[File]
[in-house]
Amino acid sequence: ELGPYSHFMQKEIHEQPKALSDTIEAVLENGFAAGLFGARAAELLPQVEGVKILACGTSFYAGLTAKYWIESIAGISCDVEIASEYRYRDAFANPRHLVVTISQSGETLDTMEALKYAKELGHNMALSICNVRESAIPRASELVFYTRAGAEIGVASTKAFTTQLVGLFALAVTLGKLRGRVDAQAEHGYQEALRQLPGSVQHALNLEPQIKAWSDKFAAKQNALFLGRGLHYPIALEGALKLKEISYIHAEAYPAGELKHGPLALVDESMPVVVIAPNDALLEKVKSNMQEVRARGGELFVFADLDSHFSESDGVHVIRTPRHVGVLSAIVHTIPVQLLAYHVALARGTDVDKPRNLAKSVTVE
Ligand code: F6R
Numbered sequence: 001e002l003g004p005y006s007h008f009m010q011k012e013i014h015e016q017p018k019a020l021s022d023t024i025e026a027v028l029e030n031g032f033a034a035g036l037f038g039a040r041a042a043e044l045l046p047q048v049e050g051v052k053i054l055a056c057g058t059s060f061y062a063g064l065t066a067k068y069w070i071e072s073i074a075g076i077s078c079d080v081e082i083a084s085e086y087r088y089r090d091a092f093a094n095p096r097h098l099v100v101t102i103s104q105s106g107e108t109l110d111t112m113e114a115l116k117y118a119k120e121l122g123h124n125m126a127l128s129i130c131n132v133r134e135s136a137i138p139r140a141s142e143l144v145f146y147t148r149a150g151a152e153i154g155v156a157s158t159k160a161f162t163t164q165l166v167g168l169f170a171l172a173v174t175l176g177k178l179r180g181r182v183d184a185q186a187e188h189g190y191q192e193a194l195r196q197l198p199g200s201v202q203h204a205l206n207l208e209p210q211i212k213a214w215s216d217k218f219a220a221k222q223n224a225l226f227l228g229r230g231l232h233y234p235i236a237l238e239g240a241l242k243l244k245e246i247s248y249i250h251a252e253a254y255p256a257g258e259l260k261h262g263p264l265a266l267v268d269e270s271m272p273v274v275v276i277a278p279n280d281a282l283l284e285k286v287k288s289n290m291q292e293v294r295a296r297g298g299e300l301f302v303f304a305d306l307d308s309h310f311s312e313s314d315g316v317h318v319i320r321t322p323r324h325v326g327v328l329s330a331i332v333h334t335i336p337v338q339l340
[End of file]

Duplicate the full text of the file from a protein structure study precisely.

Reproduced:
[in-house]
Amino acid sequence: ELGPYSHFMQKEIHEQPKALSDTIEAVLENGFAAGLFGARAAELLPQVEGVKILACGTSFYAGLTAKYWIESIAGISCDVEIASEYRYRDAFANPRHLVVTISQSGETLDTMEALKYAKELGHNMALSICNVRESAIPRASELVFYTRAGAEIGVASTKAFTTQLVGLFALAVTLGKLRGRVDAQAEHGYQEALRQLPGSVQHALNLEPQIKAWSDKFAAKQNALFLGRGLHYPIALEGALKLKEISYIHAEAYPAGELKHGPLALVDESMPVVVIAPNDALLEKVKSNMQEVRARGGELFVFADLDSHFSESDGVHVIRTPRHVGVLSAIVHTIPVQLLAYHVALARGTDVDKPRNLAKSVTVE
Ligand code: F6R
Numbered sequence: 001e002l003g004p005y006s007h008f009m010q011k012e013i014h015e016q017p018k019a020l021s022d023t024i025e026a027v028l029e030n031g032f033a034a035g036l037f038g039a040r041a042a043e044l045l046p047q048v049e050g051v052k053i054l055a056c057g058t059s060f061y062a063g064l065t066a067k068y069w070i071e072s073i074a075g076i077s078c079d080v081e082i083a084s085e086y087r088y089r090d091a092f093a094n095p096r097h098l099v100v101t102i103s104q105s106g107e108t109l110d111t112m113e114a115l116k117y118a119k120e121l122g123h124n125m126a127l128s129i130c131n132v133r134e135s136a137i138p139r140a141s142e143l144v145f146y147t148r149a150g151a152e153i154g155v156a157s158t159k160a161f162t163t164q165l166v167g168l169f170a171l172a173v174t175l176g177k178l179r180g181r182v183d184a185q186a187e188h189g190y191q192e193a194l195r196q197l198p199g200s201v202q203h204a205l206n207l208e209p210q211i212k213a214w215s216d217k218f219a220a221k222q223n224a225l226f227l228g229r230g231l232h233y234p235i236a237l238e239g240a241l242k243l244k245e246i247s248y249i250h251a252e253a254y255p256a257g258e259l260k261h262g263p264l265a266l267v268d269e270s271m272p273v274v275v276i277a278p279n280d281a282l283l284e285k286v287k288s289n290m291q292e293v294r295a296r297g298g299e300l301f302v303f304a305d306l307d308s309h310f311s312e313s314d315g316v317h318v319i320r321t322p323r324h325v326g327v328l329s330a331i332v333h334t335i336p337v338q339l340